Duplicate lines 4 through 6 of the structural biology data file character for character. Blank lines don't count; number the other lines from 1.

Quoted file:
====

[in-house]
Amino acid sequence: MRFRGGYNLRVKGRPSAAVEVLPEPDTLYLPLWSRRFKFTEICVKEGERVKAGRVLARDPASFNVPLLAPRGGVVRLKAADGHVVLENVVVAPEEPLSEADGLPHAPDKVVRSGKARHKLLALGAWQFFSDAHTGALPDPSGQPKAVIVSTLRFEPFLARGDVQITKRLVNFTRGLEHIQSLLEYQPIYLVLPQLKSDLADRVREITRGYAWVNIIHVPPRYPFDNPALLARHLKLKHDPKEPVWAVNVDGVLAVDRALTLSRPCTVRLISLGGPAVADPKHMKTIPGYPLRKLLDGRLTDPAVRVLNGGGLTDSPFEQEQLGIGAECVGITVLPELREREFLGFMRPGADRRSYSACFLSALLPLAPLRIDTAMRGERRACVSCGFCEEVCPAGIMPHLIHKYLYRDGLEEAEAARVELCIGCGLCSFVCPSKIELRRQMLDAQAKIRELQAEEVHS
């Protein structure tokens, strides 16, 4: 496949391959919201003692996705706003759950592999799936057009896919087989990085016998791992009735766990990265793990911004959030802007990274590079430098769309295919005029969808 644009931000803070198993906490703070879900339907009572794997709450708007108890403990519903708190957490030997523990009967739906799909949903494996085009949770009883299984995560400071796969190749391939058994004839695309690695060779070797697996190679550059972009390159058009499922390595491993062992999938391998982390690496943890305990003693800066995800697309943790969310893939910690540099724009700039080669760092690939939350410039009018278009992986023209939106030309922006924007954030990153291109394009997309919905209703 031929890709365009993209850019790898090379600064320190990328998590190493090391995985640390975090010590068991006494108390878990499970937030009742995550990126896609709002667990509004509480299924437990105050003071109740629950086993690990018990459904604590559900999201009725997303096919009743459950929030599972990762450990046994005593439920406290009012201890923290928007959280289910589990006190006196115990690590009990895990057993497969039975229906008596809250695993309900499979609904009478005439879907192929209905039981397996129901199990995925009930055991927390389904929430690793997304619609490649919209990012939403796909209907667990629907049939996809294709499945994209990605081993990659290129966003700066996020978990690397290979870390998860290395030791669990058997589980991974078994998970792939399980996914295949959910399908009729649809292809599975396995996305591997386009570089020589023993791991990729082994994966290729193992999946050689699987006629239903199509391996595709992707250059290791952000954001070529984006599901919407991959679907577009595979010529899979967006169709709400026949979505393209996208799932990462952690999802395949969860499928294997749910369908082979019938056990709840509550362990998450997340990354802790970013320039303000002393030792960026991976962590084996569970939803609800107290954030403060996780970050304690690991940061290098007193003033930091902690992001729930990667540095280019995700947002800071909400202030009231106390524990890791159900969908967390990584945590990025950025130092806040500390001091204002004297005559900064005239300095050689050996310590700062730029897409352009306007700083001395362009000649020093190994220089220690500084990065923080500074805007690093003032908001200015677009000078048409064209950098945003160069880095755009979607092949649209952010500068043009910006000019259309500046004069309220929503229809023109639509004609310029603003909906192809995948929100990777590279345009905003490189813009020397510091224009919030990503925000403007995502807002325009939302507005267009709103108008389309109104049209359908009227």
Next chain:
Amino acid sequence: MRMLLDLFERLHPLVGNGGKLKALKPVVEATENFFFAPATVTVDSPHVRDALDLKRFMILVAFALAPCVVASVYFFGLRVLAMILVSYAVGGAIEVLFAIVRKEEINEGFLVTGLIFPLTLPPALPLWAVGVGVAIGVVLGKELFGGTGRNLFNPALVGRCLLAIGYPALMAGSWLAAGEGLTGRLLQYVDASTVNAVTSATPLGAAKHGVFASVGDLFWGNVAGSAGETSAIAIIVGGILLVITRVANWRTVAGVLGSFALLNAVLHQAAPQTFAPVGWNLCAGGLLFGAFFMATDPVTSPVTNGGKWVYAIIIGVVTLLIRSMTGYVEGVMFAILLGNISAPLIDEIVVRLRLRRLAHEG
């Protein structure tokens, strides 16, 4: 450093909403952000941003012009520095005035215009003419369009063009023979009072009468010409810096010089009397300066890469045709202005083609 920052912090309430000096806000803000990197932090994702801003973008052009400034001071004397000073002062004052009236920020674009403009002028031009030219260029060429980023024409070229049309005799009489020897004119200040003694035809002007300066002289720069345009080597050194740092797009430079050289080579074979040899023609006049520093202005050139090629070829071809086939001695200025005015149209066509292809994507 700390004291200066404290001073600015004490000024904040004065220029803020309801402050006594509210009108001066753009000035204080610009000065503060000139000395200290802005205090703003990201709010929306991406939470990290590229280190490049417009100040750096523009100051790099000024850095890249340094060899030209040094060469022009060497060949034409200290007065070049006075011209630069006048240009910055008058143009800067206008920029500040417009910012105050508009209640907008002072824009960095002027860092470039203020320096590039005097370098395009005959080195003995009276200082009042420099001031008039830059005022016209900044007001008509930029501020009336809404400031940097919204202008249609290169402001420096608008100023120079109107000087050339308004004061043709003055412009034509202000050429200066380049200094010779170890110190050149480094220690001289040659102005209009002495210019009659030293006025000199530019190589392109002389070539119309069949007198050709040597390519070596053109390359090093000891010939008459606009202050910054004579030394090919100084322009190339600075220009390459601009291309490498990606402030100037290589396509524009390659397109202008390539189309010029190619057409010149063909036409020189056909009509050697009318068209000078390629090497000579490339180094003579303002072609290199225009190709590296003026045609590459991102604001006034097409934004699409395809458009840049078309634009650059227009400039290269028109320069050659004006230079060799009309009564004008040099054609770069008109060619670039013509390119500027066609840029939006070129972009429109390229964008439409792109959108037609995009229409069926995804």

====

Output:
Next chain:
Amino acid sequence: MRMLLDLFERLHPLVGNGGKLKALKPVVEATENFFFAPATVTVDSPHVRDALDLKRFMILVAFALAPCVVASVYFFGLRVLAMILVSYAVGGAIEVLFAIVRKEEINEGFLVTGLIFPLTLPPALPLWAVGVGVAIGVVLGKELFGGTGRNLFNPALVGRCLLAIGYPALMAGSWLAAGEGLTGRLLQYVDASTVNAVTSATPLGAAKHGVFASVGDLFWGNVAGSAGETSAIAIIVGGILLVITRVANWRTVAGVLGSFALLNAVLHQAAPQTFAPVGWNLCAGGLLFGAFFMATDPVTSPVTNGGKWVYAIIIGVVTLLIRSMTGYVEGVMFAILLGNISAPLIDEIVVRLRLRRLAHEG
């Protein structure tokens, strides 16, 4: 450093909403952000941003012009520095005035215009003419369009063009023979009072009468010409810096010089009397300066890469045709202005083609 920052912090309430000096806000803000990197932090994702801003973008052009400034001071004397000073002062004052009236920020674009403009002028031009030219260029060429980023024409070229049309005799009489020897004119200040003694035809002007300066002289720069345009080597050194740092797009430079050289080579074979040899023609006049520093202005050139090629070829071809086939001695200025005015149209066509292809994507 700390004291200066404290001073600015004490000024904040004065220029803020309801402050006594509210009108001066753009000035204080610009000065503060000139000395200290802005205090703003990201709010929306991406939470990290590229280190490049417009100040750096523009100051790099000024850095890249340094060899030209040094060469022009060497060949034409200290007065070049006075011209630069006048240009910055008058143009800067206008920029500040417009910012105050508009209640907008002072824009960095002027860092470039203020320096590039005097370098395009005959080195003995009276200082009042420099001031008039830059005022016209900044007001008509930029501020009336809404400031940097919204202008249609290169402001420096608008100023120079109107000087050339308004004061043709003055412009034509202000050429200066380049200094010779170890110190050149480094220690001289040659102005209009002495210019009659030293006025000199530019190589392109002389070539119309069949007198050709040597390519070596053109390359090093000891010939008459606009202050910054004579030394090919100084322009190339600075220009390459601009291309490498990606402030100037290589396509524009390659397109202008390539189309010029190619057409010149063909036409020189056909009509050697009318068209000078390629090497000579490339180094003579303002072609290199225009190709590296003026045609590459991102604001006034097409934004699409395809458009840049078309634009650059227009400039290269028109320069050659004006230079060799009309009564004008040099054609770069008109060619670039013509390119500027066609840029939006070129972009429109390229964008439409792109959108037609995009229409069926995804």